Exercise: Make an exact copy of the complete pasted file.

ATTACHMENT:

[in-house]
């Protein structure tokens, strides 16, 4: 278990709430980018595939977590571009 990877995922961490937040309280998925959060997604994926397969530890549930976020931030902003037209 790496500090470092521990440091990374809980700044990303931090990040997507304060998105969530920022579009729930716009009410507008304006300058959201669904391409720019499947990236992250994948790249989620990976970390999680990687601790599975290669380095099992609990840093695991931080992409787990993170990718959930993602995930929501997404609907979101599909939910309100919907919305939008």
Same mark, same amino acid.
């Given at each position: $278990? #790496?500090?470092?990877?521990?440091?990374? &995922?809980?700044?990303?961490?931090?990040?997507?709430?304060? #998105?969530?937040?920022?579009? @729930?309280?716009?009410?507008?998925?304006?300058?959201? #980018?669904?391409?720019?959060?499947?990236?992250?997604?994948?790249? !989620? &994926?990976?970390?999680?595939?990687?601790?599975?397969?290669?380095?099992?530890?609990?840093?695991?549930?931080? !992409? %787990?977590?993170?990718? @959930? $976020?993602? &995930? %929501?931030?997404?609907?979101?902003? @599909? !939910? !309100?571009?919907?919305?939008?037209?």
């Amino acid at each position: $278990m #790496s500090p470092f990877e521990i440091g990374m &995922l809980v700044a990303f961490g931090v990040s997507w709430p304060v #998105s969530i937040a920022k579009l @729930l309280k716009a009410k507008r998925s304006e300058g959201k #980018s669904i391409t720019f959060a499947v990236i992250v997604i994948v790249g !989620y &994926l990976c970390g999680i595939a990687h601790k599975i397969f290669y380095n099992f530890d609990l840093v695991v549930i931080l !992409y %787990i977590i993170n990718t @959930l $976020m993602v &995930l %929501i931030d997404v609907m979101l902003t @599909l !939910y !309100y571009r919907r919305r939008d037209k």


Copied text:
[in-house]
């Protein structure tokens, strides 16, 4: 278990709430980018595939977590571009 990877995922961490937040309280998925959060997604994926397969530890549930976020931030902003037209 790496500090470092521990440091990374809980700044990303931090990040997507304060998105969530920022579009729930716009009410507008304006300058959201669904391409720019499947990236992250994948790249989620990976970390999680990687601790599975290669380095099992609990840093695991931080992409787990993170990718959930993602995930929501997404609907979101599909939910309100919907919305939008």
Same mark, same amino acid.
């Given at each position: $278990? #790496?500090?470092?990877?521990?440091?990374? &995922?809980?700044?990303?961490?931090?990040?997507?709430?304060? #998105?969530?937040?920022?579009? @729930?309280?716009?009410?507008?998925?304006?300058?959201? #980018?669904?391409?720019?959060?499947?990236?992250?997604?994948?790249? !989620? &994926?990976?970390?999680?595939?990687?601790?599975?397969?290669?380095?099992?530890?609990?840093?695991?549930?931080? !992409? %787990?977590?993170?990718? @959930? $976020?993602? &995930? %929501?931030?997404?609907?979101?902003? @599909? !939910? !309100?571009?919907?919305?939008?037209?």
């Amino acid at each position: $278990m #790496s500090p470092f990877e521990i440091g990374m &995922l809980v700044a990303f961490g931090v990040s997507w709430p304060v #998105s969530i937040a920022k579009l @729930l309280k716009a009410k507008r998925s304006e300058g959201k #980018s669904i391409t720019f959060a499947v990236i992250v997604i994948v790249g !989620y &994926l990976c970390g999680i595939a990687h601790k599975i397969f290669y380095n099992f530890d609990l840093v695991v549930i931080l !992409y %787990i977590i993170n990718t @959930l $976020m993602v &995930l %929501i931030d997404v609907m979101l902003t @599909l !939910y !309100y571009r919907r919305r939008d037209k």